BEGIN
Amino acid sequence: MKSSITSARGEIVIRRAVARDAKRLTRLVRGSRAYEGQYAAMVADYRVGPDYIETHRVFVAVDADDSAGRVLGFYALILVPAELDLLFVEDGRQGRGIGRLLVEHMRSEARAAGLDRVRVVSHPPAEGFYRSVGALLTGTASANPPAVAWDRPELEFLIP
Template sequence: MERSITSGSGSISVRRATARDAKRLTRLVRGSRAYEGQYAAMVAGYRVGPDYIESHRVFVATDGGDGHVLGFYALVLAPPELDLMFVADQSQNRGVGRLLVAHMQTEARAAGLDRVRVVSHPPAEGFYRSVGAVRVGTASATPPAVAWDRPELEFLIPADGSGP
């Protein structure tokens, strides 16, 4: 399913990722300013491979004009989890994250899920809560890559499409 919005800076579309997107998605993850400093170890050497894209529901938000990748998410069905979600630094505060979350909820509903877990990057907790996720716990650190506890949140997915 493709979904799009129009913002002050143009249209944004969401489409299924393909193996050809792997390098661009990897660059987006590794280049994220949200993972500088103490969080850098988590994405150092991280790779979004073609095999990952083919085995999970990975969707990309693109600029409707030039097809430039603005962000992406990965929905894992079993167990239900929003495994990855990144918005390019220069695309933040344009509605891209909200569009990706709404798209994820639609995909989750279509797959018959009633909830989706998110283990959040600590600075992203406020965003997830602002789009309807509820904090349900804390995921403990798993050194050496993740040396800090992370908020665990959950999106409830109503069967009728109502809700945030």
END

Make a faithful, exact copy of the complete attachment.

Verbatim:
Amino acid sequence: MKSSITSARGEIVIRRAVARDAKRLTRLVRGSRAYEGQYAAMVADYRVGPDYIETHRVFVAVDADDSAGRVLGFYALILVPAELDLLFVEDGRQGRGIGRLLVEHMRSEARAAGLDRVRVVSHPPAEGFYRSVGALLTGTASANPPAVAWDRPELEFLIP
Template sequence: MERSITSGSGSISVRRATARDAKRLTRLVRGSRAYEGQYAAMVAGYRVGPDYIESHRVFVATDGGDGHVLGFYALVLAPPELDLMFVADQSQNRGVGRLLVAHMQTEARAAGLDRVRVVSHPPAEGFYRSVGAVRVGTASATPPAVAWDRPELEFLIPADGSGP
């Protein structure tokens, strides 16, 4: 399913990722300013491979004009989890994250899920809560890559499409 919005800076579309997107998605993850400093170890050497894209529901938000990748998410069905979600630094505060979350909820509903877990990057907790996720716990650190506890949140997915 493709979904799009129009913002002050143009249209944004969401489409299924393909193996050809792997390098661009990897660059987006590794280049994220949200993972500088103490969080850098988590994405150092991280790779979004073609095999990952083919085995999970990975969707990309693109600029409707030039097809430039603005962000992406990965929905894992079993167990239900929003495994990855990144918005390019220069695309933040344009509605891209909200569009990706709404798209994820639609995909989750279509797959018959009633909830989706998110283990959040600590600075992203406020965003997830602002789009309807509820904090349900804390995921403990798993050194050496993740040396800090992370908020665990959950999106409830109503069967009728109502809700945030």